The Center for Psychological Humanities & Ethics

Housed in Boston College’s Lynch School of Education and Human Development, the Center is host to vital conversations taking place between the psychological sciences and the disciplines of philosophy, theology, sociology, history, literature, the arts, and political studies. The emphasis of these dialogues is on the enduring ethical questions at the heart of human existence. With a goal of enriching theory and practice, the Center organizes and develops international conferences, runs the Psychological Humanities & Ethics lecture series, offers credit-bearing continuing education courses and practitioner-oriented professional development, oversees grant-funded projects and initiatives, develops curricula, and disseminates research through its two book series with Routledge/Taylor Francis and various academic and popular outlets. All of these activities are oriented toward exploring the rich reflections that emerge from the interplay between psychology and the humanities.

Campion Hall


If psychology, which constitutes one of the largest areas of study in the modern university, is to reach its full potential as a means of not only informing our understanding of the human condition but also aiding in the development of the ethical and spiritual dimensions of character, then psychological education and training must be broadened to include more humanistic approaches to identity and personhood. Over the past century, the empirical and naturalistic side of psychology has risen in prominence and yielded major advances. Unfortunately, it has often done so by undervaluing and thus neglecting the humanistic and ethical dimensions of human life. With the generous support of Boston College, the Center for Psychological Humanities & Ethics hopes to stand at the forefront of this reimagining the discipline of psychology, opening its borders to other fields of knowing.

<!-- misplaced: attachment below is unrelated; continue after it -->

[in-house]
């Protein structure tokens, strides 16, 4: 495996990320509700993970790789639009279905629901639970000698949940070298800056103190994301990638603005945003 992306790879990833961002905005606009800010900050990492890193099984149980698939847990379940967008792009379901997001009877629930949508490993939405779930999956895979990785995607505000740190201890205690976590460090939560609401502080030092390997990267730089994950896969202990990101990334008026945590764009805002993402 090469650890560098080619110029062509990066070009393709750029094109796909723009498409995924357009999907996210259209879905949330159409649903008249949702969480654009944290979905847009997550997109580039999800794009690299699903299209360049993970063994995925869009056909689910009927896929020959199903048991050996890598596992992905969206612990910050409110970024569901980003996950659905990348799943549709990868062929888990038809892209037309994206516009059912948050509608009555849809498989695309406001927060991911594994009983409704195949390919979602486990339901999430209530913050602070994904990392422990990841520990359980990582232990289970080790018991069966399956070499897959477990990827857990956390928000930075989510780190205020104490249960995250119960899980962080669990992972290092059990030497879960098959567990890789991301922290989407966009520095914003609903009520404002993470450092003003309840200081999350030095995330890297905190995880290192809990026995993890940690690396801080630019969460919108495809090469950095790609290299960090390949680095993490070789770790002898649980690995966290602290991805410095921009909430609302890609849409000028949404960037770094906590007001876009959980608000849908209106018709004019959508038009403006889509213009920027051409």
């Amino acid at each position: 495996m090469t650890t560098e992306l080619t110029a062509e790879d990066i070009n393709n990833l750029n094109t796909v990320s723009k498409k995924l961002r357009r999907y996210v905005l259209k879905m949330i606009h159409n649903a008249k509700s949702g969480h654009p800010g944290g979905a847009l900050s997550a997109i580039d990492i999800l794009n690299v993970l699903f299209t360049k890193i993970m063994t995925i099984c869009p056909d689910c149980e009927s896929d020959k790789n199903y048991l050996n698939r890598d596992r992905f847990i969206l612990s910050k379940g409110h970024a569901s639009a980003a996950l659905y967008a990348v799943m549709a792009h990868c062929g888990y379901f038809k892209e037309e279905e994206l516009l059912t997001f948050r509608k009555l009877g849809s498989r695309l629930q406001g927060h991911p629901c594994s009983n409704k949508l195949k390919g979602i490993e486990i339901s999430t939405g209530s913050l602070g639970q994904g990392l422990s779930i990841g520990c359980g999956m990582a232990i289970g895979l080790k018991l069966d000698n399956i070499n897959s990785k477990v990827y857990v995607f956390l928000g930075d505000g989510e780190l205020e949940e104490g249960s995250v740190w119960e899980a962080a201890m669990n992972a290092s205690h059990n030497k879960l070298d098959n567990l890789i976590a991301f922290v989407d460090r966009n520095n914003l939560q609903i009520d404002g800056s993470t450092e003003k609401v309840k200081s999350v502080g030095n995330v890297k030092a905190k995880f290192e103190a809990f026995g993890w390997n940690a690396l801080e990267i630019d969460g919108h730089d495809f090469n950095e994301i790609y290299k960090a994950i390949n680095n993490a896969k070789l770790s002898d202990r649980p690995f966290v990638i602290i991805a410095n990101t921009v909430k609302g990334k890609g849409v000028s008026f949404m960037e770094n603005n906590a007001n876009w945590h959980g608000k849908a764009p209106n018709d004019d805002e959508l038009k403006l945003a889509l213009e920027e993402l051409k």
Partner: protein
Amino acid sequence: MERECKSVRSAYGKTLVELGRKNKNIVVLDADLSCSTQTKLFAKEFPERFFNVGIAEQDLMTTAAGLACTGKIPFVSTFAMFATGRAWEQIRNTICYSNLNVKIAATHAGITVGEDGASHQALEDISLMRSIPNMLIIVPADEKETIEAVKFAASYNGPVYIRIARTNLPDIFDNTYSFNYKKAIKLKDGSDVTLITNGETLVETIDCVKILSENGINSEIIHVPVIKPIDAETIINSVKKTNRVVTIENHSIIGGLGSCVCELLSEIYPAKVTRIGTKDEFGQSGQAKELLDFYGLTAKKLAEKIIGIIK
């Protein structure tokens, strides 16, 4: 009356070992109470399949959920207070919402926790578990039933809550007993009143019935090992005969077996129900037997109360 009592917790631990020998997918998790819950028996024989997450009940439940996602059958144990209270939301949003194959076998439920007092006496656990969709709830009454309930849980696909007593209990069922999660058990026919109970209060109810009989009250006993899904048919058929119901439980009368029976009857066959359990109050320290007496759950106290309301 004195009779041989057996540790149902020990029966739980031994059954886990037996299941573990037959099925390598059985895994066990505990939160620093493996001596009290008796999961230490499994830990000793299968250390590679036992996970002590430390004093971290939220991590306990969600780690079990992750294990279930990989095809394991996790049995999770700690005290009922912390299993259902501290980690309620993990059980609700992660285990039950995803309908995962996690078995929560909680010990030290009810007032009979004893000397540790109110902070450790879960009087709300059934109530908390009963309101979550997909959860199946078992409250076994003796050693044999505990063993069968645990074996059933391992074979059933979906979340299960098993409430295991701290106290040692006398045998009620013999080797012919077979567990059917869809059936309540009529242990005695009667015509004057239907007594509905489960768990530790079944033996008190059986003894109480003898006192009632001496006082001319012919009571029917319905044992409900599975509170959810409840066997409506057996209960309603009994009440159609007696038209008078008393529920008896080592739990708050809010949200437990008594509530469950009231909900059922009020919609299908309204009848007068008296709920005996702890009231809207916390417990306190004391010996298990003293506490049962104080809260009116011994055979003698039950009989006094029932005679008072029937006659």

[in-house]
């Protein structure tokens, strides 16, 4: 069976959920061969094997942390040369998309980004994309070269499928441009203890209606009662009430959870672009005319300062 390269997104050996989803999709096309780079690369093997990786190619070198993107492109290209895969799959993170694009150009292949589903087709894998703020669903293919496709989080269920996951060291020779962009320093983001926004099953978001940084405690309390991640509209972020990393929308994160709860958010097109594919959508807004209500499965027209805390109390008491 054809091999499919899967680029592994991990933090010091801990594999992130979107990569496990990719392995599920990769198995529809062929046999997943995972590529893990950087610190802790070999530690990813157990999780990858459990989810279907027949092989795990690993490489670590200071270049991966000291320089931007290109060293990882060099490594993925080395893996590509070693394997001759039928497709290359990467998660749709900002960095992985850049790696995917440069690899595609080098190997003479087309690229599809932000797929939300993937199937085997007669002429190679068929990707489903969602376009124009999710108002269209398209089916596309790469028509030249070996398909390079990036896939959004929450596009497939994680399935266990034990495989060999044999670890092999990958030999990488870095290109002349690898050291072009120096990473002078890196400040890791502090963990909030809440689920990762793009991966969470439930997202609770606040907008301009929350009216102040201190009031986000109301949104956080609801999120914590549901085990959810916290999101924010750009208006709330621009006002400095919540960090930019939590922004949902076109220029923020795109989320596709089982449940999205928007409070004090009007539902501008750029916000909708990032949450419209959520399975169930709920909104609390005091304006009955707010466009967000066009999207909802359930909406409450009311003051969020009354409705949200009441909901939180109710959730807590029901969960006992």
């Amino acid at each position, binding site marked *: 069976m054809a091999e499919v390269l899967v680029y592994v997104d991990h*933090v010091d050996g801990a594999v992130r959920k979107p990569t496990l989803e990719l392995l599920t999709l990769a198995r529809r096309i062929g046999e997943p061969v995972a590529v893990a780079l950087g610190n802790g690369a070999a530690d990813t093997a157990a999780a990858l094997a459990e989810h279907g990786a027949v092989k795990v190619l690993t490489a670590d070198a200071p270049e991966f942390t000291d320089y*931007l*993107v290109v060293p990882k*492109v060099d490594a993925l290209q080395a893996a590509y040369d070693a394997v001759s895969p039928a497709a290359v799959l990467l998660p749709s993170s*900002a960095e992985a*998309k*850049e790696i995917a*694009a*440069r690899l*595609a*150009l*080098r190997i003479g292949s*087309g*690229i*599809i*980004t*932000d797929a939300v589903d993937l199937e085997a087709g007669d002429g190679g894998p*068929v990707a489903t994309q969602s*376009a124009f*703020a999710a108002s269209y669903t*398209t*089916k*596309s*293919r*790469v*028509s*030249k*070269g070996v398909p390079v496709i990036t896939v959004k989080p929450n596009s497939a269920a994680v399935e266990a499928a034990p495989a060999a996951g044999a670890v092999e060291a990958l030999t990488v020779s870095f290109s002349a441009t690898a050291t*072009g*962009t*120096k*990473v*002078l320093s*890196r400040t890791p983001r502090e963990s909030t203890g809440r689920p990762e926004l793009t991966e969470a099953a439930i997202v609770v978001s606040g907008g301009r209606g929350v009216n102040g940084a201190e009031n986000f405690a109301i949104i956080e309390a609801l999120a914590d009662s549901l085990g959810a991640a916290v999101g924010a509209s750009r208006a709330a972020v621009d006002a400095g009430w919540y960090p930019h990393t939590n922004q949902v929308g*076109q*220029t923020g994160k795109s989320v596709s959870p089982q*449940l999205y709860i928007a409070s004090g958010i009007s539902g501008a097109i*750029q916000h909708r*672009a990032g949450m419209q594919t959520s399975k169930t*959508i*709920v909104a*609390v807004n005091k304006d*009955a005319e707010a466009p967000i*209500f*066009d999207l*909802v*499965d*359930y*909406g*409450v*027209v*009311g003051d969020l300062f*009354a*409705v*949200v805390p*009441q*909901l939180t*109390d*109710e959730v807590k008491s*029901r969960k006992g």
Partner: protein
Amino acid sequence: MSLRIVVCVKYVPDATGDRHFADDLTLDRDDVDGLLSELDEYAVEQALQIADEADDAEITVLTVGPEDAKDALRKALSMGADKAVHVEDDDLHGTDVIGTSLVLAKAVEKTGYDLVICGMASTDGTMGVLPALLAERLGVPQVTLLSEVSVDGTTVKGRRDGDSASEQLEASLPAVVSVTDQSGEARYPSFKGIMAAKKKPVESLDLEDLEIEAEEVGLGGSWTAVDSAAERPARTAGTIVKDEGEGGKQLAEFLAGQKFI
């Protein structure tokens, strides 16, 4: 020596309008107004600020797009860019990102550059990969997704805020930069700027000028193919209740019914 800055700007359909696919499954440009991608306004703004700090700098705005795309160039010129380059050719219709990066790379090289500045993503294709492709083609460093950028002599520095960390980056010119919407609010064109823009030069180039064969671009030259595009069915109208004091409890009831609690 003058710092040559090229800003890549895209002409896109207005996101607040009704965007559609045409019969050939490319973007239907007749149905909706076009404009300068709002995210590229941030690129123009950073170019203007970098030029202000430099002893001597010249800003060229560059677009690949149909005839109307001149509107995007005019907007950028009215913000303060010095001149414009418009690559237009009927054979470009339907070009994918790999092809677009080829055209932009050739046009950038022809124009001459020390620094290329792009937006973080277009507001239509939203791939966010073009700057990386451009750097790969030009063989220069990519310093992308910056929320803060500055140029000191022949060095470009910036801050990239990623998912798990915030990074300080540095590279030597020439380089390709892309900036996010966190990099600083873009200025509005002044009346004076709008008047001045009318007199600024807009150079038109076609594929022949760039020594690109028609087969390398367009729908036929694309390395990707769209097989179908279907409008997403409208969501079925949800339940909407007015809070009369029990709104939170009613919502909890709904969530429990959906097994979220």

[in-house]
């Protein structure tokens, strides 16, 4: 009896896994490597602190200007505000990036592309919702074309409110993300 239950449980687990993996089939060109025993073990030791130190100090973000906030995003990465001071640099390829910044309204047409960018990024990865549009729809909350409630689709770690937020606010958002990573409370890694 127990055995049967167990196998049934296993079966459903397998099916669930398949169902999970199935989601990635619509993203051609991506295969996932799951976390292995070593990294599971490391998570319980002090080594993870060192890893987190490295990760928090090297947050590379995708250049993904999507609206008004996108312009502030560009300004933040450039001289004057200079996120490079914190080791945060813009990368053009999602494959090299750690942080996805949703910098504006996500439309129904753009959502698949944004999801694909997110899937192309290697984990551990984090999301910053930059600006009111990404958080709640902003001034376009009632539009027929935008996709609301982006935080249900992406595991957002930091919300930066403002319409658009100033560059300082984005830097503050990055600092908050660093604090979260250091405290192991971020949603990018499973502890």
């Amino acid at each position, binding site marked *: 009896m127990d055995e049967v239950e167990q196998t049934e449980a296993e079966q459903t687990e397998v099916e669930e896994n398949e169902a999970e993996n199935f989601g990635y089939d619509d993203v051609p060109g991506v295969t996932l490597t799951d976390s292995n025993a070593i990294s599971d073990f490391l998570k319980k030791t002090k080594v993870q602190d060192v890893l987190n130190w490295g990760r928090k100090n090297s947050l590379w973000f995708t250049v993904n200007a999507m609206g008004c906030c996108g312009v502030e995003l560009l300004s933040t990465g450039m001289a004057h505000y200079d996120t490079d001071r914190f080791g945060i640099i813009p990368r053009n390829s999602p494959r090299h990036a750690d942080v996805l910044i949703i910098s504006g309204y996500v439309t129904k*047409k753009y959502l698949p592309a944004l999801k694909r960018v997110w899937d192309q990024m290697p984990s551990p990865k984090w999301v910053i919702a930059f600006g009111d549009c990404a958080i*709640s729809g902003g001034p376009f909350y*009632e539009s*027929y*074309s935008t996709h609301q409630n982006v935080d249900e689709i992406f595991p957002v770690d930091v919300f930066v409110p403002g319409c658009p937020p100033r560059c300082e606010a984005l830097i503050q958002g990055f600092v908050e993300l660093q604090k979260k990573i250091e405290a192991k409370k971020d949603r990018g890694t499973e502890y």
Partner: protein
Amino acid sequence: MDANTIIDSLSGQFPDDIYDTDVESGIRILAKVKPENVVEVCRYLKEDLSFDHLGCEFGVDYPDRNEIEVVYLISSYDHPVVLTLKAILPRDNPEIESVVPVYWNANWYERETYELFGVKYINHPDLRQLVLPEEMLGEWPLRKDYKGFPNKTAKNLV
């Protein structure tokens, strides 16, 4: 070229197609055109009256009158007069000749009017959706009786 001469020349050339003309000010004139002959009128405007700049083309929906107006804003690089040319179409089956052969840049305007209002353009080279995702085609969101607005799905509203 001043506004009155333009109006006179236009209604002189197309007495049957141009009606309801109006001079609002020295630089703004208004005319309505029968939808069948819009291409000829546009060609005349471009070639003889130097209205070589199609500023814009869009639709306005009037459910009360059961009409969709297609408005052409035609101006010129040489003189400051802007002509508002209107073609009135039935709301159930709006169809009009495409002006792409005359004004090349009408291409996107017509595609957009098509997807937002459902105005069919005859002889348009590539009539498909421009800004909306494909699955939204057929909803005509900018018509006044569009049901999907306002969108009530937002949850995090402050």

Located in the Lynch School of Education and Human Development, the Center acts as a home for interdisciplinary engagement that seeks to enrich theory and practice related to human experience. It seeks to cultivate and nourish a significant international network of scholars and practitioners that assists in marshaling global resources and academic and clinical training opportunities. From its internal, institutional bridge-building across various disciplines to its outwardly-facing conferences and scholarship, the Center brings an ethically-infused foundation to academic inquiry, clinical sensibilities, curriculum development, and scholarly output.


Gasson Hall